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I have data modelled to be Gaussian-distributed, and then displayed on a logarithmic scale and like to know some properties of the displayed data.

Effektively, I ignore that a Gaussian $X$ (with positive mean) may be negative and need mean, standard deviation and full width at half maximum of $\log X$. Unfortunately, the probability density is sufficiently ugly to prevent me from calculating this myself. Has this distribution a special name that I might look for?

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No, it does not have a standard name. By analogy to the lognormal distribution it might be dubbed the "exponential-normal" distribution. But the analogy is imperfect, because you have to truncate the normal part at zero.

The integrals to compute the moments (or, equivalently, the characteristic function) do not have closed forms. You will need to compute them numerically. They are obtained by integrating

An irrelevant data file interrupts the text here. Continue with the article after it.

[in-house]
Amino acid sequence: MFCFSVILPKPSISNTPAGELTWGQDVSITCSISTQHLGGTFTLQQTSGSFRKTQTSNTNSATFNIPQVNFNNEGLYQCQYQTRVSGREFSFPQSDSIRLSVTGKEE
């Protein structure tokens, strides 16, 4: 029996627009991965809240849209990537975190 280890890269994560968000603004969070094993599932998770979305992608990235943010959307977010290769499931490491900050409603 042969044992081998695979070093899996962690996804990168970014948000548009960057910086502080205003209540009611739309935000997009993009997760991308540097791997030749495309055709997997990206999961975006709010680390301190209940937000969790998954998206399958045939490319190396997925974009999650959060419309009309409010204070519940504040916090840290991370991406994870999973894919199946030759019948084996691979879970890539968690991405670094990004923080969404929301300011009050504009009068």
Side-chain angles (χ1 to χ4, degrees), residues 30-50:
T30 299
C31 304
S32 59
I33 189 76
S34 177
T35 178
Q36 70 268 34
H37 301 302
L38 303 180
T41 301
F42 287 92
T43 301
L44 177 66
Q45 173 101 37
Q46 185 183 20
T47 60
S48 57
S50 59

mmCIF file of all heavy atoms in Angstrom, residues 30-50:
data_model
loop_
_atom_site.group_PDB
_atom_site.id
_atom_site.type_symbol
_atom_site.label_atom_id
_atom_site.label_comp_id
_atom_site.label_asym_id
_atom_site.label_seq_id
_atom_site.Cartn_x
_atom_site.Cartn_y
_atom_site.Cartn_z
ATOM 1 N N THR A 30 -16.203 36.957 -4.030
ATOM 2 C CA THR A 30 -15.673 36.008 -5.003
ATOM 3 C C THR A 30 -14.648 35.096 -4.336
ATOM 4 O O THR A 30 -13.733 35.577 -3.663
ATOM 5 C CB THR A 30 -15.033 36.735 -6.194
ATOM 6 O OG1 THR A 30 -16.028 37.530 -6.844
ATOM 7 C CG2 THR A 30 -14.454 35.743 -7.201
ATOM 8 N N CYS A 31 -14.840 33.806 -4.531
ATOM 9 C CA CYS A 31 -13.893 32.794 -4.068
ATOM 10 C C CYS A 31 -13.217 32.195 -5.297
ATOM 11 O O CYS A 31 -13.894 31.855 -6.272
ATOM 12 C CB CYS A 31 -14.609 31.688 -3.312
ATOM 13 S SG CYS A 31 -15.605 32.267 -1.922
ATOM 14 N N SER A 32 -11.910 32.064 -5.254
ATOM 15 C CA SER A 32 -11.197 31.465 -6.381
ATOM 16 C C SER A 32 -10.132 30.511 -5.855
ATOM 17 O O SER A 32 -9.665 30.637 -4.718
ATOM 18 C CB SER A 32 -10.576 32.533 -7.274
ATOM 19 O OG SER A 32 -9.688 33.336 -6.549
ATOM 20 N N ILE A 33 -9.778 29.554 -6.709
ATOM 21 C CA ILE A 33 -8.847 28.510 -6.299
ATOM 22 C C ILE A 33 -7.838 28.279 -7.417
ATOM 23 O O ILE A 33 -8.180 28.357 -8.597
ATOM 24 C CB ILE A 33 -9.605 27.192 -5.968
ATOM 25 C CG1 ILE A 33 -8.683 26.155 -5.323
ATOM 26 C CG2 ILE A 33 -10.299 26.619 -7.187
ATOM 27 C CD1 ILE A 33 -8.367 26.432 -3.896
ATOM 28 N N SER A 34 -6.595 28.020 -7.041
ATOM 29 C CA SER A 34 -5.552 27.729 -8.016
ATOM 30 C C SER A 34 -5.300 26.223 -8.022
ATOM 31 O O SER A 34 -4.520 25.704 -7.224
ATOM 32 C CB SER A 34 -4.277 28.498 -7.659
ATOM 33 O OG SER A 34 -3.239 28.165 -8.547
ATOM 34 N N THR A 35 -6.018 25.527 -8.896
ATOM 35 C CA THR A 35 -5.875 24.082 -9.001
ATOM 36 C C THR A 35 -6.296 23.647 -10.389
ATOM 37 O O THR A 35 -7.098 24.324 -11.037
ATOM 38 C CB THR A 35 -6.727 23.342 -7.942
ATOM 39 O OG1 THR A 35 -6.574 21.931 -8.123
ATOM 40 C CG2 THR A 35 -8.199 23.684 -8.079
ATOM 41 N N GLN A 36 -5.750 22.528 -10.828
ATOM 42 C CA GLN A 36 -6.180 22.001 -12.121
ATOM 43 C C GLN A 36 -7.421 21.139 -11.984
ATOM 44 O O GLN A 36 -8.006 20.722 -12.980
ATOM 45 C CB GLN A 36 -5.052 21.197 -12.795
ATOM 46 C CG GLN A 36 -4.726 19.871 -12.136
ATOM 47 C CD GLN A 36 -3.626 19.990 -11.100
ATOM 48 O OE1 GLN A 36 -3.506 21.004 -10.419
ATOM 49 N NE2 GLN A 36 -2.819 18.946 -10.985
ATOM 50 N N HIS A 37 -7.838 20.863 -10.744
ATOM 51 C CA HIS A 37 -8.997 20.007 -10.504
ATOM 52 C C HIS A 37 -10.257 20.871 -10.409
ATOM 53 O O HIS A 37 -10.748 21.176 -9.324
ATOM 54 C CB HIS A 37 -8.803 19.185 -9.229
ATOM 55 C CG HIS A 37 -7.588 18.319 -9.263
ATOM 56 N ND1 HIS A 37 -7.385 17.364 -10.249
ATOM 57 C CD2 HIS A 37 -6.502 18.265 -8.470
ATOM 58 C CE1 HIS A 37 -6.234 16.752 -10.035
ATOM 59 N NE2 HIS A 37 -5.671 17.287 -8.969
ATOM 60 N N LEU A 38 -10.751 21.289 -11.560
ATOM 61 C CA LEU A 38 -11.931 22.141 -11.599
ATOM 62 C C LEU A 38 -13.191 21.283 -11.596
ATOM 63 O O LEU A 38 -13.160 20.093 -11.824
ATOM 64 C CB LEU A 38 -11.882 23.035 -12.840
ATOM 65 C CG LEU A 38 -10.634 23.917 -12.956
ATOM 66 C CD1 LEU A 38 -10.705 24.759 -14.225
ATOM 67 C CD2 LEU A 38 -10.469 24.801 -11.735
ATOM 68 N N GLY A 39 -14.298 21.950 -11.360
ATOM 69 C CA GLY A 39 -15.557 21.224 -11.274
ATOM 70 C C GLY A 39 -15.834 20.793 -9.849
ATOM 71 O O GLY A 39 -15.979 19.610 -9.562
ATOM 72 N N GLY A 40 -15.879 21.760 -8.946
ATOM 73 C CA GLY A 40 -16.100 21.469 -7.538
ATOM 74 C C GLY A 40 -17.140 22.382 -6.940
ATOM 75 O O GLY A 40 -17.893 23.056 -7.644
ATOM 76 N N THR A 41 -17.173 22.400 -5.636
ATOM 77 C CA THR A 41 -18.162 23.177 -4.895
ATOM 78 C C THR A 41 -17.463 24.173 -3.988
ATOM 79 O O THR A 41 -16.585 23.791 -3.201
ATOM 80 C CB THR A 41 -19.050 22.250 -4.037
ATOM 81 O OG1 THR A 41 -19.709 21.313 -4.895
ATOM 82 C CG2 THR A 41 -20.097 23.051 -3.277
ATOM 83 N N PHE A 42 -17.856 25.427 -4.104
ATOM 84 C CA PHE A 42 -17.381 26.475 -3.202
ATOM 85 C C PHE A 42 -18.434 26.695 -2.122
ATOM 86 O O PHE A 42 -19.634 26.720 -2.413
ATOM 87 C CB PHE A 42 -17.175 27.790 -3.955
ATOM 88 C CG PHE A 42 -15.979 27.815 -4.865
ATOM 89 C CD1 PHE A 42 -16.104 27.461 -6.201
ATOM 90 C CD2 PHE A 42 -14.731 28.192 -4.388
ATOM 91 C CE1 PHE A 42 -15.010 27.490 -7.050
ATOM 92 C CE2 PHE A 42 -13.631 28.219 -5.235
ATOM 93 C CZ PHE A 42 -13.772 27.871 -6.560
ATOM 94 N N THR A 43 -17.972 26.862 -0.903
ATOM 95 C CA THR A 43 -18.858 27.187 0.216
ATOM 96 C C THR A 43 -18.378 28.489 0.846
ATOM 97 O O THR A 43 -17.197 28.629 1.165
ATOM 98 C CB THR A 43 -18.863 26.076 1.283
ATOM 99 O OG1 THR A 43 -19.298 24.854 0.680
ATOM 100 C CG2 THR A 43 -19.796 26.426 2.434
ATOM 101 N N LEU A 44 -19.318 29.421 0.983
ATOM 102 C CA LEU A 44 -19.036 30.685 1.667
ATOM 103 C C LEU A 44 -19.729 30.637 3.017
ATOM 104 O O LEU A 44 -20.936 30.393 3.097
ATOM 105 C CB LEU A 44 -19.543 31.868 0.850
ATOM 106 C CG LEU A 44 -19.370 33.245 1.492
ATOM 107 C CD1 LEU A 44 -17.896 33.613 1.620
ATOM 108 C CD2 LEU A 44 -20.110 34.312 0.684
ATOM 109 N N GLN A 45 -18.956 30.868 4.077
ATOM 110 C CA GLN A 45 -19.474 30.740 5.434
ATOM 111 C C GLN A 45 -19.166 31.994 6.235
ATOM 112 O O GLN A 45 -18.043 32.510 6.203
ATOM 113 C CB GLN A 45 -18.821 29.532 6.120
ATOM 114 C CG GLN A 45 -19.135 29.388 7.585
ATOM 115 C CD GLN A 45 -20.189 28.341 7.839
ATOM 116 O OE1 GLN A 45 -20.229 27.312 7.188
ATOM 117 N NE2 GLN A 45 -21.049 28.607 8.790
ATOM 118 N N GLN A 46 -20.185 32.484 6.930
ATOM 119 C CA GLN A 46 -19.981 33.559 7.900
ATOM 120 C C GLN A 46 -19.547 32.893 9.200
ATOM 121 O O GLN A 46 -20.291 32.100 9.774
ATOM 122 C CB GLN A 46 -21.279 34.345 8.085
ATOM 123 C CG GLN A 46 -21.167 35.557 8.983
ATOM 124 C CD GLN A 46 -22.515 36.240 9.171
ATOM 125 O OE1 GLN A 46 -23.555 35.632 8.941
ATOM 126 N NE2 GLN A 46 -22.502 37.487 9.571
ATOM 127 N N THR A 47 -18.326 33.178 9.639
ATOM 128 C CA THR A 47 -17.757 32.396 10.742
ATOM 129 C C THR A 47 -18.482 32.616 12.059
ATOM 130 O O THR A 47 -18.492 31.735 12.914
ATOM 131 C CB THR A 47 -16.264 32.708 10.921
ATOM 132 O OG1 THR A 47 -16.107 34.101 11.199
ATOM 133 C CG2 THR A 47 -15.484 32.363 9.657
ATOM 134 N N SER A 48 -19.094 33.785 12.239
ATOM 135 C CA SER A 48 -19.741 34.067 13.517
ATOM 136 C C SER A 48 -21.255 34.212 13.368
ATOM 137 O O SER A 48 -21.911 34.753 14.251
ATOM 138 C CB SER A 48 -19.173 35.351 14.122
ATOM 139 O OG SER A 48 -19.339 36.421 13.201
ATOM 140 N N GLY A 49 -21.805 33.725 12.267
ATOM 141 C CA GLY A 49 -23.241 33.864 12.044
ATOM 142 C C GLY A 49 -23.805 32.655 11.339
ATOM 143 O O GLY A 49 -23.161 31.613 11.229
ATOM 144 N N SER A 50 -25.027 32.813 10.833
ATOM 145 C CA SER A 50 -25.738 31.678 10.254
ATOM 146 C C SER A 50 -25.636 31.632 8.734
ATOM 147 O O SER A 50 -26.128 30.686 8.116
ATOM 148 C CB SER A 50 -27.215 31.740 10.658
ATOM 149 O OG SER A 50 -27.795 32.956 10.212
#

$\frac{1}{\sqrt{2 \pi } \sigma } x^k e^{x-\frac{\left(e^x-\mu \right)^2}{2 \sigma ^2}} dx$

over the entire real line. (This comes from the pdf for a Normal distribution of $y$ with mean $\mu$ and standard deviation $\sigma$ and substituting $y = exp(x)$.) $k = 1$ yields the mean; $k = 2$ gives the second moment; subtracting the square of the mean from that is the variance; and the square root of the variance is the standard deviation. Finding the width at half maximum also requires numerical methods (but convergence should be rapid).

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Thanks, I feared that this might be the case. =) On to the numerics! –  Jens Sep 14 '10 at 18:57

You can work out the distribution using the transformation theorem. If you have a normal density truncated to positive values, the log of that distribution has PDF

$\frac{2}{\sqrt{2\pi}} \exp(x -\exp(2x)/2)$

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I think there may have been a few typos here. –  whuber Sep 14 '10 at 16:29

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